If you're filing bugs, I understand that you feel strongly about the issues you're seeing, and that you feel like your problem is important and deserves immediate attention. I also want "my" bugs to be dealt with as soon as possible, and as a Ubuntu contributor I also want *your* bugs to be fixed in a timely manner. However, you usually should not just add information to an existing bug because the symptoms are vaguely similar.
My point is, if you're seeing that something is wrong with your hardware (because this type of issue is quite frequent with hardware-related bugs), please don't hesitate to open a new bug. Developers will often be quite pleased that you did, and will be happy to mark something as a duplicate of another bug for you. Other bug reporters will also be happier, because it allows their own, often unrelated issue to be dealt with rapidly. Your own bug will also likely be fixed earlier, since developers need to sift through less information related to a specific issue: they then need to decide whether a specific attachment or comment is relevant in far fewer cases.
It just helps making the experience more enjoyable to everyone.
Also, if you're suggesting in a bug report against a specific package to use another package, you're not being helpful. Sure, you help the reporter by fixing their immediate problem, but you're not helping the underlying issues being resolved. What we want is to have all projects improve and squash their bugs, which cannot be done if you, say, suggest using Wicd in a bug against NetworkManager for a broken wifi driver.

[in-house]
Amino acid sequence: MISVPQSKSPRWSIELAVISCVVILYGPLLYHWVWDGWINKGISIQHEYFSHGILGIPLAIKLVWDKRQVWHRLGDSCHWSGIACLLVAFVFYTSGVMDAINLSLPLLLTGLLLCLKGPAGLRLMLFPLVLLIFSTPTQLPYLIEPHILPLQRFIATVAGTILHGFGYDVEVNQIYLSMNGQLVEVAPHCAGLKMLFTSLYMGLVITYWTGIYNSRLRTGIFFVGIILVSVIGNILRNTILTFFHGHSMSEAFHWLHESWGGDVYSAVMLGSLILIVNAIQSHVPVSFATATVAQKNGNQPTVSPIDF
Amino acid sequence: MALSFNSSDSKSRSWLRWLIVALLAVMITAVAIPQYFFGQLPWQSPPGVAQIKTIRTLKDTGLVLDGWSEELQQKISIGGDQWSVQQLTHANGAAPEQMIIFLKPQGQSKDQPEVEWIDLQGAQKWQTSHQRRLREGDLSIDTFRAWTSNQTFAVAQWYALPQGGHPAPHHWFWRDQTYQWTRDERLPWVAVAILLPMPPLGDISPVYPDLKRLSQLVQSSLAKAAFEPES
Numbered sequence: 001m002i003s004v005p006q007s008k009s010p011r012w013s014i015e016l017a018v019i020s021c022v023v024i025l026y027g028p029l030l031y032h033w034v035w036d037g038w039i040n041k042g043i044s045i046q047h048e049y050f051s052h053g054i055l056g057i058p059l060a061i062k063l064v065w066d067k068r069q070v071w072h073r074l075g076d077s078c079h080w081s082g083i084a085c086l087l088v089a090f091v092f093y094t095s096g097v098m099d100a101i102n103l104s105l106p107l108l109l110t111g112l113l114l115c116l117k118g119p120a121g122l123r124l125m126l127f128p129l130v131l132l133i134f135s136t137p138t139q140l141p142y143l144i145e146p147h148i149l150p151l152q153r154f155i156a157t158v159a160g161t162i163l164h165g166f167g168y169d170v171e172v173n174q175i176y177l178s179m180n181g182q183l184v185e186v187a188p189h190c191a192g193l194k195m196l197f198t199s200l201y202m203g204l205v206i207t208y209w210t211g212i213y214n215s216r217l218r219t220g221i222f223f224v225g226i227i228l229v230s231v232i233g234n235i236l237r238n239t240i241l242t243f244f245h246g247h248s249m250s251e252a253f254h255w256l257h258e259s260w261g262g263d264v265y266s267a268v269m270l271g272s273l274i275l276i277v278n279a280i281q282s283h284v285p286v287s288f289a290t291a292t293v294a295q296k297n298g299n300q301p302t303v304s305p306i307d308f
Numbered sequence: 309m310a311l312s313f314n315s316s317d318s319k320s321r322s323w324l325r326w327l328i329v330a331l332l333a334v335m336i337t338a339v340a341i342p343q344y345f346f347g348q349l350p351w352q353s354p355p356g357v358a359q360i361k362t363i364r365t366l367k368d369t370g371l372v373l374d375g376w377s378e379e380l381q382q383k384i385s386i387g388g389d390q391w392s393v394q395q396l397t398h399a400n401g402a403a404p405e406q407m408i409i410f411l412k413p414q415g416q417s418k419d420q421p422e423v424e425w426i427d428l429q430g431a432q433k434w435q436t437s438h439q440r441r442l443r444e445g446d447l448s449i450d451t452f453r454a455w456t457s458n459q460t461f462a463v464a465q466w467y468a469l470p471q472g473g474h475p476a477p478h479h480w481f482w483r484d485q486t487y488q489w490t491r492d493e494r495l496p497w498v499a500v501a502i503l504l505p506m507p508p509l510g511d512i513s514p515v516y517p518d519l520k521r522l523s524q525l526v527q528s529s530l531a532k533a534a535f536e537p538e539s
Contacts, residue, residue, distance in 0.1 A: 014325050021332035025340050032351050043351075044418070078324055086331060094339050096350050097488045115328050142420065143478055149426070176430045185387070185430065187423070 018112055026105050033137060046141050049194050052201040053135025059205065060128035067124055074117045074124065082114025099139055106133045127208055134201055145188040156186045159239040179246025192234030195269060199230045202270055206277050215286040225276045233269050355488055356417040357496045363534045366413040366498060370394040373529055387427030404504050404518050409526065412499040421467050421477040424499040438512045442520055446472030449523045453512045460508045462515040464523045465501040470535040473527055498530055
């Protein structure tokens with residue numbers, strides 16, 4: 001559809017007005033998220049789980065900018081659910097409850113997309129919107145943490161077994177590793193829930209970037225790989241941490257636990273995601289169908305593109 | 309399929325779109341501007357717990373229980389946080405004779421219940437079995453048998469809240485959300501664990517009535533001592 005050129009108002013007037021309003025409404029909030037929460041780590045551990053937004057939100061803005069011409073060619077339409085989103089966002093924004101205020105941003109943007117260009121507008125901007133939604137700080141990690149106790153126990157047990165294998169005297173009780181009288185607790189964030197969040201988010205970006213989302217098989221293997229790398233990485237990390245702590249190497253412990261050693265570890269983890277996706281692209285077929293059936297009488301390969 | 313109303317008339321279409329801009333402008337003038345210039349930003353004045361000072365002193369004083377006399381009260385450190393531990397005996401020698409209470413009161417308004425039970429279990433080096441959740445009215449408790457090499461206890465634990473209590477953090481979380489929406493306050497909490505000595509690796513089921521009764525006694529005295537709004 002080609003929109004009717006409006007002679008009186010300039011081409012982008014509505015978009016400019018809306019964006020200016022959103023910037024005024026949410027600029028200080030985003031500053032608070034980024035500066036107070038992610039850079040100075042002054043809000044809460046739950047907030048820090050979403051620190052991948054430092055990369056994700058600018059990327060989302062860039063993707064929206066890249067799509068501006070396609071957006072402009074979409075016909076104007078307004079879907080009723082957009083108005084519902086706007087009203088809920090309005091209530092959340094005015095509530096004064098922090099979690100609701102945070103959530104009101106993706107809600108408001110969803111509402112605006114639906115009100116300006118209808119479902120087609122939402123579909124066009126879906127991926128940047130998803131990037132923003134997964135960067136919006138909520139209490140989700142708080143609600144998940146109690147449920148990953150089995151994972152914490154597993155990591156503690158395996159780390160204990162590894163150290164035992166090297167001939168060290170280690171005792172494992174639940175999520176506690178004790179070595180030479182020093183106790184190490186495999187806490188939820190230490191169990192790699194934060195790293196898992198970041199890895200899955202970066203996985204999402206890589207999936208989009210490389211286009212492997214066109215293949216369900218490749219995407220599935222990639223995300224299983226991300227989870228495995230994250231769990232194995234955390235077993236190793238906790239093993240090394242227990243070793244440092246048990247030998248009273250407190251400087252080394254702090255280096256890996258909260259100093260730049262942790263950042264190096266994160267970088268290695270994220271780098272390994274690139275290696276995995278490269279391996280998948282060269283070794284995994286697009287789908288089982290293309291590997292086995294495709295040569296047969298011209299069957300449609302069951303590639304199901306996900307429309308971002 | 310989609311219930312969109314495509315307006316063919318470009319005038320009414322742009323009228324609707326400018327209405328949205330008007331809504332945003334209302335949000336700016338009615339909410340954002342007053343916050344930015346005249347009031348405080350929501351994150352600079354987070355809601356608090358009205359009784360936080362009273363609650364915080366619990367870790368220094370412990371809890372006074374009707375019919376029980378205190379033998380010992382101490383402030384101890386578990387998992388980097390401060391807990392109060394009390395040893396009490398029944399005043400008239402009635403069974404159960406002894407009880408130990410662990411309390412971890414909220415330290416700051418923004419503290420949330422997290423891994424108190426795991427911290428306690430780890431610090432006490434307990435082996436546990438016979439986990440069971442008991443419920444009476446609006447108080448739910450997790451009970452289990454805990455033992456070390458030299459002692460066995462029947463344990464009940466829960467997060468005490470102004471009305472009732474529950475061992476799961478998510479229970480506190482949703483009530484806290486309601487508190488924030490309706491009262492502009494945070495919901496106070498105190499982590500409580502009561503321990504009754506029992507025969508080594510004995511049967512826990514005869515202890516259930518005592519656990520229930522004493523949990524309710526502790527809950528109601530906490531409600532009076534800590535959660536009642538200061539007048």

I like both of these projects, I want both to succeed equally, which means that bugs need to be reported and respected so that we can fix the issues that arise and deliver a better user experience to everyone; while allowing all projects to grow and improve. This is what suggesting that project X is a failure (that's usually not the words used, but you get the idea), and that project Y is better (because it doesn't have that specific issue), will never achieve.
It all boils down to being nice to others. Nice to other bug reporters, because everyone has the same chance of getting their bugs fixed, and nice to other projects because they all get their share of bugs and success stories.